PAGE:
She was referring to the portion of the Constitution that speaks to protecting the fundamental rights and freedoms of the individual specifically the protection of the privacy of the home and property. Article 26 directly prohibits discrimination. “Many Over-the-Hill areas could qualify as shanty towns, in terms of construction, facilities and relevant permissions. Thus, there should be no distinction between the two human habitats,” she also said. “Equal and just treatment should be afforded to all in accordance with basic human dignity. Instead of tearing down, bulldozing, eradicating, why not build up develop? Why not give hope and create opportunity? “Shanty towns have Haitian, Haitian-Bahamian and Bahamian residents, all of whom are ethnically challenged, living and trying to survive the high cost of living of our country. They are victims, not offenders and deserve the support of the community. Nor is there any legal basis for taking this action. All residents of shanty towns have a right to challenge any decisions of the government in court and no action can be taken until their legal options are exhausted.” For his part, Mr Georges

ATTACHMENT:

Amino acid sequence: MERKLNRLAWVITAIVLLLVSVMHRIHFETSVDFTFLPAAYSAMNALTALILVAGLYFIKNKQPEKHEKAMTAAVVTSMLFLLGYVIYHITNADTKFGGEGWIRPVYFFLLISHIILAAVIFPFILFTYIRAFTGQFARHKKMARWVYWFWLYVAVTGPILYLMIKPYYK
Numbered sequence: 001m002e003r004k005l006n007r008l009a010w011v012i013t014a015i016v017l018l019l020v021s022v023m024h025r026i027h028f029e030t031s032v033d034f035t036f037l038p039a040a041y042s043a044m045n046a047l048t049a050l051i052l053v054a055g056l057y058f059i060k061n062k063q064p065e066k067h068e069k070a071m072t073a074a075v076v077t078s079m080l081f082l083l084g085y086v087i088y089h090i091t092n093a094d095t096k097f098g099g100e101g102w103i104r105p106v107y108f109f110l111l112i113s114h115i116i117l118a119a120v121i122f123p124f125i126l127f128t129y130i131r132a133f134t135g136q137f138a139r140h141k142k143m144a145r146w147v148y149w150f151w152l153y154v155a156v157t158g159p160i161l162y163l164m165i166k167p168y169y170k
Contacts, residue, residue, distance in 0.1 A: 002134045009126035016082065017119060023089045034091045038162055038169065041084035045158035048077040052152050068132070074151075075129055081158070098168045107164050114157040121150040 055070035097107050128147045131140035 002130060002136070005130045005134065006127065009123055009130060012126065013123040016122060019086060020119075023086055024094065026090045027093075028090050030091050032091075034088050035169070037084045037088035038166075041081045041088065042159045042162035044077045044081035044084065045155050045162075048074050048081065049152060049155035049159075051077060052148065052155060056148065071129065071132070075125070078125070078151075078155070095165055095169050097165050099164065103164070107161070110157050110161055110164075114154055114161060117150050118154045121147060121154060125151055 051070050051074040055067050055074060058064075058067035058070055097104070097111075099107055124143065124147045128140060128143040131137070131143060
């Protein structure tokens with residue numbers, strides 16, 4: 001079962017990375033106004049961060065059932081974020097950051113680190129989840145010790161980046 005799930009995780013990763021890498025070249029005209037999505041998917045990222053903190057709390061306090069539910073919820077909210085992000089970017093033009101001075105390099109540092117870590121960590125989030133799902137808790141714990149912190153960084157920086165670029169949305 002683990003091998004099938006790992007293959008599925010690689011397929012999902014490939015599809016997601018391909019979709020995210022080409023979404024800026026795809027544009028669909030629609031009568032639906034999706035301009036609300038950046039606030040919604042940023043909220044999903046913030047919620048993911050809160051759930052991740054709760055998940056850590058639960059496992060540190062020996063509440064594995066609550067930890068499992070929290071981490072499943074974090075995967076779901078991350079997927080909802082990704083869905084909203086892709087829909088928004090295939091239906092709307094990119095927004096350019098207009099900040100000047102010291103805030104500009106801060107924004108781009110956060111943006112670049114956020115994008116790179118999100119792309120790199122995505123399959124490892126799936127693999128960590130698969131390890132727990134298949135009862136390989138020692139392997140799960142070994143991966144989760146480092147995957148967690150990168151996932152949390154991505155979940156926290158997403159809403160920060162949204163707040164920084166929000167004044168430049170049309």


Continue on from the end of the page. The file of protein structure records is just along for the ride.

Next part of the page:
DEMOLITION under way at the Hamster Road shanty town in New Providence. posed several questions of the timeline. He said: “I want to know if that applies to all shantytowns or just particular ones? Which ones will be first and how do you pick which ones have to be vacated by this July?” Labour Minister Dion Foulkes announced the

government’s planned timeline and further revealed two shanty towns - one in New Providence off Hamster Road, Faith Avenue and another just outside of George Town Exuma – were recently torn down. He also said formal notice will be given to those

living in structures not up to building code this week. Those demolitions were done in tandem with a census conducted in 11 shanty towns across the capital. The survey began April 15, and a complete report on the census is expected today, Mr Foulkes said.

PAGE 6, Tuesday, May 15, 2018


PRIME Minister Dr Hubert Minnis with Peter Krieger, then of Oban Energies, at a ceremony to mark the deal.